Kevin Cox, whose case involving a 1996 crime spree was initially dismissed by a Baltimore judge for procedural errors, was picked up by FBI agents Thursday night, hours after he and a co-defendant were indicted on federal charges stemming from the spree.
Apparently oblivious to the publicity surrounding his case, Cox reported to a probation office Thursday in Hyattsville. A probation officer called the FBI, and Cox was arrested and transported to a Baltimore County jail in Woodlawn.
Yesterday, FBI agents brought Cox to U.S. District Court in Baltimore for his first appearance on the federal indictment, handed up Thursday against Cox and co-defendant Christopher Wills.
The charges stem from an April 20, 1996, crime spree that began when two men robbed a Super Pride market on East Northern Parkway in Northeast Baltimore. They then forced a family of five from their car at gunpoint before barging into a rowhouse to steal the keys to another car.
Police captured two suspects several blocks away when an officer shot one of them.
After Cox and Wills were arrested, the case unraveled in Baltimore Circuit Court. A Baltimore judge dismissed the armed robbery case against the pair on Nov. 5, 1997.
An appellate court later overturned the dismissal, ordering the judge to hold another hearing. At that Nov. 12, 1998, hearing, the judge dropped all charges against Wills again, ruling that the case had languished too long and a critical hearing had been held without him. But because Cox didn't appear in court that day, the armed robbery charges against him remained in effect.
Baltimore prosecutors said yesterday they do not plan to drop the state charges. "We still consider it to be a viable case," Assistant State's Attorney Jan Alexander said.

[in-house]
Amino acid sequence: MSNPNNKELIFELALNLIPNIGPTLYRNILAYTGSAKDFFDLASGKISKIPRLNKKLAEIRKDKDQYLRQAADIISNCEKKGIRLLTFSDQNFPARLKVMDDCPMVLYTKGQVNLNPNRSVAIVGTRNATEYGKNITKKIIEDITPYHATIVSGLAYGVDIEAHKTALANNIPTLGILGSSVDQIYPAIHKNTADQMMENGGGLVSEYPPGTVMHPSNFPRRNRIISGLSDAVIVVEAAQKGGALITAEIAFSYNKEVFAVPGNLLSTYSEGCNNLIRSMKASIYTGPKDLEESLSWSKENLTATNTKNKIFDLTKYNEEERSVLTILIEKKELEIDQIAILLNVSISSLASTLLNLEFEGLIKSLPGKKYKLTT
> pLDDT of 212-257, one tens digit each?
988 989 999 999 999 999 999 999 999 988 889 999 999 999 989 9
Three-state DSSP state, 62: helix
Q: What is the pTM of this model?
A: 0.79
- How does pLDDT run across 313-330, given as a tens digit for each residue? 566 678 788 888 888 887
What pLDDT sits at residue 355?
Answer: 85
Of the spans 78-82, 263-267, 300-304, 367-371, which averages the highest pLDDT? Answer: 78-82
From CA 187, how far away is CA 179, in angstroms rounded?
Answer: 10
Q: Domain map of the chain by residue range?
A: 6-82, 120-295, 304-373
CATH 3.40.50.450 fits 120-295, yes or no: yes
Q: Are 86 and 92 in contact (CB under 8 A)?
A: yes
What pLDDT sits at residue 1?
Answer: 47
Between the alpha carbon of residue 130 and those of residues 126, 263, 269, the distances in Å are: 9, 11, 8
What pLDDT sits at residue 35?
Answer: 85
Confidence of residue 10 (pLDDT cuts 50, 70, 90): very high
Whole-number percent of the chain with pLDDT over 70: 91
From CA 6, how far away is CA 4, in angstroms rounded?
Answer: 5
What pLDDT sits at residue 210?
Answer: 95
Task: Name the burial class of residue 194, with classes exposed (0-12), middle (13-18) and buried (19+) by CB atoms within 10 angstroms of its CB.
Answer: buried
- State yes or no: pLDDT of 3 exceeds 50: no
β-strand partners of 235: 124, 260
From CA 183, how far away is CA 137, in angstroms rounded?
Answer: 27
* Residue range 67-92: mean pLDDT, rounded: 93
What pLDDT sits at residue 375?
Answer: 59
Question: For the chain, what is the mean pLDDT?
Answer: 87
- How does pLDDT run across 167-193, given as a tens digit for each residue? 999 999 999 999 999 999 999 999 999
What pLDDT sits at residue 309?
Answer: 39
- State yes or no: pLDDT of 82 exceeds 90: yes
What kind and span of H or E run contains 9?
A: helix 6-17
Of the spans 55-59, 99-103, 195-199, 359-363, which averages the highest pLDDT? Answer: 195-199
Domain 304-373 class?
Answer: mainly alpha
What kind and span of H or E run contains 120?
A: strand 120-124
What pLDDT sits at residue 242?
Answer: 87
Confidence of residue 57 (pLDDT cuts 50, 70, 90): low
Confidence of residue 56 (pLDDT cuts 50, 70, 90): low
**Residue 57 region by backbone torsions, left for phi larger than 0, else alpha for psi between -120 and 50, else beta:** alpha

After reading an account of the crime spree and what happened to the charges, FBI agents and prosecutors with the U.S. attorney's office opened a federal case. They filed complaints last week, charging Cox and Wills with violating the Hobbs Act, which prohibits interference with interstate commerce. The Super Pride receives some of its food and other products from Pennsylvania. A conviction carries a maximum 20-year prison term.
FBI agents arrested Wills on Feb. 5 and were seeking Cox until his arrest Thursday.
Hours before Cox's arrest, a federal grand jury returned a five-count indictment against the two men. In addition to charging them with violating the Hobbs Act, the grand jury indicted Cox and Wills on carjacking charges, which carry 20-year prison sentences, and federal firearms charges, which carry penalties of 10 to 20 years.
Cox went before U.S. Magistrate Judge Susan K. Gauvey for his first court appearance on the new charges yesterday. He said he didn't understand the Hobbs Act and Gauvey explained explained it to him.
He also said he didn't understand why prosecutor Thomas M. DiBiagio had the right to detain him without the possibility of bail.
"That's it?" Cox asked the judge. "I have no way to challenge that?"
Gauvey told him she would schedule a hearing Wednesday to determine if he, like Wills, would be kept behind bars until his trial. Until then, she said he would have to stay in jail because of the serious nature of the case.
"The federal system is very different than the state system," Gauvey explained to Cox.
Pub Date: 2/13/99